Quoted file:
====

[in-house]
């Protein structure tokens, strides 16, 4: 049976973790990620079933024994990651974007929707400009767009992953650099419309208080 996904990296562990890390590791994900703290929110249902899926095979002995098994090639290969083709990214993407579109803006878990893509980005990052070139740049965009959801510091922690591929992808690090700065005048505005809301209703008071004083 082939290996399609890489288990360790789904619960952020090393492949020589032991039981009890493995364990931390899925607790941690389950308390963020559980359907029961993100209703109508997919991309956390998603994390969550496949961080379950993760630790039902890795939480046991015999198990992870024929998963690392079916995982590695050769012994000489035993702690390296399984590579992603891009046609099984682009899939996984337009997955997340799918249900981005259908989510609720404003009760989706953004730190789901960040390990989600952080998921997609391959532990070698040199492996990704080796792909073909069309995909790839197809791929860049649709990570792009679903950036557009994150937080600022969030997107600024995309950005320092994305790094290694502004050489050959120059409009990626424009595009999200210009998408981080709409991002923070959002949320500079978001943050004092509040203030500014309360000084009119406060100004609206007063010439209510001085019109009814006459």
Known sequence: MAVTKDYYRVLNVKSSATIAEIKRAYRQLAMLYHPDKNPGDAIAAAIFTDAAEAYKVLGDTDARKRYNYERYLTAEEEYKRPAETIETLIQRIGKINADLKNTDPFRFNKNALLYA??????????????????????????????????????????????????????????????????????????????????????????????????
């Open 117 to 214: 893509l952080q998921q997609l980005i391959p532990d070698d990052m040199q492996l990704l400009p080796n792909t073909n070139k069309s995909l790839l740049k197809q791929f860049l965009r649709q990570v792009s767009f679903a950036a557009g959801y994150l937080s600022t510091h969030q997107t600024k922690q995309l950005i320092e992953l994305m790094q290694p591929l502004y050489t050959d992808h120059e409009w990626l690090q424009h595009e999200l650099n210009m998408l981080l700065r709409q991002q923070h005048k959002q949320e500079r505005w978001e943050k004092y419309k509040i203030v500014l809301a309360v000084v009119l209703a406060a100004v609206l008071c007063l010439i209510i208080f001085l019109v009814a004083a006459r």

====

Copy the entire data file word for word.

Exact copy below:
[in-house]
């Protein structure tokens, strides 16, 4: 049976973790990620079933024994990651974007929707400009767009992953650099419309208080 996904990296562990890390590791994900703290929110249902899926095979002995098994090639290969083709990214993407579109803006878990893509980005990052070139740049965009959801510091922690591929992808690090700065005048505005809301209703008071004083 082939290996399609890489288990360790789904619960952020090393492949020589032991039981009890493995364990931390899925607790941690389950308390963020559980359907029961993100209703109508997919991309956390998603994390969550496949961080379950993760630790039902890795939480046991015999198990992870024929998963690392079916995982590695050769012994000489035993702690390296399984590579992603891009046609099984682009899939996984337009997955997340799918249900981005259908989510609720404003009760989706953004730190789901960040390990989600952080998921997609391959532990070698040199492996990704080796792909073909069309995909790839197809791929860049649709990570792009679903950036557009994150937080600022969030997107600024995309950005320092994305790094290694502004050489050959120059409009990626424009595009999200210009998408981080709409991002923070959002949320500079978001943050004092509040203030500014309360000084009119406060100004609206007063010439209510001085019109009814006459």
Known sequence: MAVTKDYYRVLNVKSSATIAEIKRAYRQLAMLYHPDKNPGDAIAAAIFTDAAEAYKVLGDTDARKRYNYERYLTAEEEYKRPAETIETLIQRIGKINADLKNTDPFRFNKNALLYA??????????????????????????????????????????????????????????????????????????????????????????????????
């Open 117 to 214: 893509l952080q998921q997609l980005i391959p532990d070698d990052m040199q492996l990704l400009p080796n792909t073909n070139k069309s995909l790839l740049k197809q791929f860049l965009r649709q990570v792009s767009f679903a950036a557009g959801y994150l937080s600022t510091h969030q997107t600024k922690q995309l950005i320092e992953l994305m790094q290694p591929l502004y050489t050959d992808h120059e409009w990626l690090q424009h595009e999200l650099n210009m998408l981080l700065r709409q991002q923070h005048k959002q949320e500079r505005w978001e943050k004092y419309k509040i203030v500014l809301a309360v000084v009119l209703a406060a100004v609206l008071c007063l010439i209510i208080f001085l019109v009814a004083a006459r």